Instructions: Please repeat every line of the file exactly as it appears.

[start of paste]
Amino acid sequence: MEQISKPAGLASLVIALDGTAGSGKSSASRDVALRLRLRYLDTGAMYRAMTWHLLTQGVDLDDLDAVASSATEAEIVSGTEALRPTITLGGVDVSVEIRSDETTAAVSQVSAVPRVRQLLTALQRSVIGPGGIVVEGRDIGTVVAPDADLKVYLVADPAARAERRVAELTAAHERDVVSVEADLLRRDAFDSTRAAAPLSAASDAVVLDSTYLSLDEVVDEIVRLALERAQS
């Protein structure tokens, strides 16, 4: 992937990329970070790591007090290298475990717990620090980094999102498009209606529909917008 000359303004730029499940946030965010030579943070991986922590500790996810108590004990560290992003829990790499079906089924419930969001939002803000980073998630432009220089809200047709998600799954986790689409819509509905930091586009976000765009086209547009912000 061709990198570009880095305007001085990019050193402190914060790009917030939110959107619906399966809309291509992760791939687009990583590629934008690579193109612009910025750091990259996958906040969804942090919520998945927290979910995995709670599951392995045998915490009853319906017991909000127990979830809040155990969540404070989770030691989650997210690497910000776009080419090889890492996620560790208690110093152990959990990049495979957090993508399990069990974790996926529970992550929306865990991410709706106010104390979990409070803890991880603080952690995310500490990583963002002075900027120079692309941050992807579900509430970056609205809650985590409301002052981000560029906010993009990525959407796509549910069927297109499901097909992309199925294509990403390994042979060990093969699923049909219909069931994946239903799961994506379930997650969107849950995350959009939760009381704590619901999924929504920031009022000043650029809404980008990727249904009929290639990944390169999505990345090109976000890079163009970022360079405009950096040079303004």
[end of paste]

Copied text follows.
Amino acid sequence: MEQISKPAGLASLVIALDGTAGSGKSSASRDVALRLRLRYLDTGAMYRAMTWHLLTQGVDLDDLDAVASSATEAEIVSGTEALRPTITLGGVDVSVEIRSDETTAAVSQVSAVPRVRQLLTALQRSVIGPGGIVVEGRDIGTVVAPDADLKVYLVADPAARAERRVAELTAAHERDVVSVEADLLRRDAFDSTRAAAPLSAASDAVVLDSTYLSLDEVVDEIVRLALERAQS
């Protein structure tokens, strides 16, 4: 992937990329970070790591007090290298475990717990620090980094999102498009209606529909917008 000359303004730029499940946030965010030579943070991986922590500790996810108590004990560290992003829990790499079906089924419930969001939002803000980073998630432009220089809200047709998600799954986790689409819509509905930091586009976000765009086209547009912000 061709990198570009880095305007001085990019050193402190914060790009917030939110959107619906399966809309291509992760791939687009990583590629934008690579193109612009910025750091990259996958906040969804942090919520998945927290979910995995709670599951392995045998915490009853319906017991909000127990979830809040155990969540404070989770030691989650997210690497910000776009080419090889890492996620560790208690110093152990959990990049495979957090993508399990069990974790996926529970992550929306865990991410709706106010104390979990409070803890991880603080952690995310500490990583963002002075900027120079692309941050992807579900509430970056609205809650985590409301002052981000560029906010993009990525959407796509549910069927297109499901097909992309199925294509990403390994042979060990093969699923049909219909069931994946239903799961994506379930997650969107849950995350959009939760009381704590619901999924929504920031009022000043650029809404980008990727249904009929290639990944390169999505990345090109976000890079163009970022360079405009950096040079303004």